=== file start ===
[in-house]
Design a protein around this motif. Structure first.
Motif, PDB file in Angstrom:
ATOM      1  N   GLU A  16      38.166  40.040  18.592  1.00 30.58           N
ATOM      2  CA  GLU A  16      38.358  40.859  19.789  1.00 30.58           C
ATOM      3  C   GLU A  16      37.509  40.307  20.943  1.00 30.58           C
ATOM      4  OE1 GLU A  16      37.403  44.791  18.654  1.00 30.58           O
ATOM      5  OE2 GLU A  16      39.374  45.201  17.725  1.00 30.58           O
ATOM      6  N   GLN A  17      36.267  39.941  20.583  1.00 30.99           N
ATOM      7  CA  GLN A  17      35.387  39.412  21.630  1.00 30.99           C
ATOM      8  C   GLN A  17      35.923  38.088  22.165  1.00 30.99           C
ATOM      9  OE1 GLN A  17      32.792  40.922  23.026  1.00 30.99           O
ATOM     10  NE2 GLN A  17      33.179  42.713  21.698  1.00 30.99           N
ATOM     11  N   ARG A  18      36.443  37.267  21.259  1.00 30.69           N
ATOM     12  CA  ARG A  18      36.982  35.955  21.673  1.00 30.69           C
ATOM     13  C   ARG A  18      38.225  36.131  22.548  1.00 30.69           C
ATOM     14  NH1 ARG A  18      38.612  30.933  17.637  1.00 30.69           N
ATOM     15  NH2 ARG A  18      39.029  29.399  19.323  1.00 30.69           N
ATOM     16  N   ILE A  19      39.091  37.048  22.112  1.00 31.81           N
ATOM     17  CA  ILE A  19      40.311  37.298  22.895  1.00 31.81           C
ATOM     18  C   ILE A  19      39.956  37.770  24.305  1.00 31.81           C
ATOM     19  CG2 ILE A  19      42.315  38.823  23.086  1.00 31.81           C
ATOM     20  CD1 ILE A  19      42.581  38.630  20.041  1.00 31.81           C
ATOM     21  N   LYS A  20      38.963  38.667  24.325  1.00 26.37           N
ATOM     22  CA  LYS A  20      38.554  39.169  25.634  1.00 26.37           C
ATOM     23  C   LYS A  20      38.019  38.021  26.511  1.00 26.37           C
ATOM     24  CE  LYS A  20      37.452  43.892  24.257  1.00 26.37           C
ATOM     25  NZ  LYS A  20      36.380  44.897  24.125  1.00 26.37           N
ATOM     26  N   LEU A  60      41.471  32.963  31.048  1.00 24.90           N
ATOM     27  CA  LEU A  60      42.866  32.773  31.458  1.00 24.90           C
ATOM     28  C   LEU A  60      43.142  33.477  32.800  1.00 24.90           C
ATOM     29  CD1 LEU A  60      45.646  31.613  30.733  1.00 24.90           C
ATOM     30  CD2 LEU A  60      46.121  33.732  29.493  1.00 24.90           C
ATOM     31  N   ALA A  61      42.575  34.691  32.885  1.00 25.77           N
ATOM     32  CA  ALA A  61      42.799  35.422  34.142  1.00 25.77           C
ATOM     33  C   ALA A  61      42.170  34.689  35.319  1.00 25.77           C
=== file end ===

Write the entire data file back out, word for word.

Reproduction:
[in-house]
Design a protein around this motif. Structure first.
Motif, PDB file in Angstrom:
ATOM      1  N   GLU A  16      38.166  40.040  18.592  1.00 30.58           N
ATOM      2  CA  GLU A  16      38.358  40.859  19.789  1.00 30.58           C
ATOM      3  C   GLU A  16      37.509  40.307  20.943  1.00 30.58           C
ATOM      4  OE1 GLU A  16      37.403  44.791  18.654  1.00 30.58           O
ATOM      5  OE2 GLU A  16      39.374  45.201  17.725  1.00 30.58           O
ATOM      6  N   GLN A  17      36.267  39.941  20.583  1.00 30.99           N
ATOM      7  CA  GLN A  17      35.387  39.412  21.630  1.00 30.99           C
ATOM      8  C   GLN A  17      35.923  38.088  22.165  1.00 30.99           C
ATOM      9  OE1 GLN A  17      32.792  40.922  23.026  1.00 30.99           O
ATOM     10  NE2 GLN A  17      33.179  42.713  21.698  1.00 30.99           N
ATOM     11  N   ARG A  18      36.443  37.267  21.259  1.00 30.69           N
ATOM     12  CA  ARG A  18      36.982  35.955  21.673  1.00 30.69           C
ATOM     13  C   ARG A  18      38.225  36.131  22.548  1.00 30.69           C
ATOM     14  NH1 ARG A  18      38.612  30.933  17.637  1.00 30.69           N
ATOM     15  NH2 ARG A  18      39.029  29.399  19.323  1.00 30.69           N
ATOM     16  N   ILE A  19      39.091  37.048  22.112  1.00 31.81           N
ATOM     17  CA  ILE A  19      40.311  37.298  22.895  1.00 31.81           C
ATOM     18  C   ILE A  19      39.956  37.770  24.305  1.00 31.81           C
ATOM     19  CG2 ILE A  19      42.315  38.823  23.086  1.00 31.81           C
ATOM     20  CD1 ILE A  19      42.581  38.630  20.041  1.00 31.81           C
ATOM     21  N   LYS A  20      38.963  38.667  24.325  1.00 26.37           N
ATOM     22  CA  LYS A  20      38.554  39.169  25.634  1.00 26.37           C
ATOM     23  C   LYS A  20      38.019  38.021  26.511  1.00 26.37           C
ATOM     24  CE  LYS A  20      37.452  43.892  24.257  1.00 26.37           C
ATOM     25  NZ  LYS A  20      36.380  44.897  24.125  1.00 26.37           N
ATOM     26  N   LEU A  60      41.471  32.963  31.048  1.00 24.90           N
ATOM     27  CA  LEU A  60      42.866  32.773  31.458  1.00 24.90           C
ATOM     28  C   LEU A  60      43.142  33.477  32.800  1.00 24.90           C
ATOM     29  CD1 LEU A  60      45.646  31.613  30.733  1.00 24.90           C
ATOM     30  CD2 LEU A  60      46.121  33.732  29.493  1.00 24.90           C
ATOM     31  N   ALA A  61      42.575  34.691  32.885  1.00 25.77           N
ATOM     32  CA  ALA A  61      42.799  35.422  34.142  1.00 25.77           C
ATOM     33  C   ALA A  61      42.170  34.689  35.319  1.00 25.77           C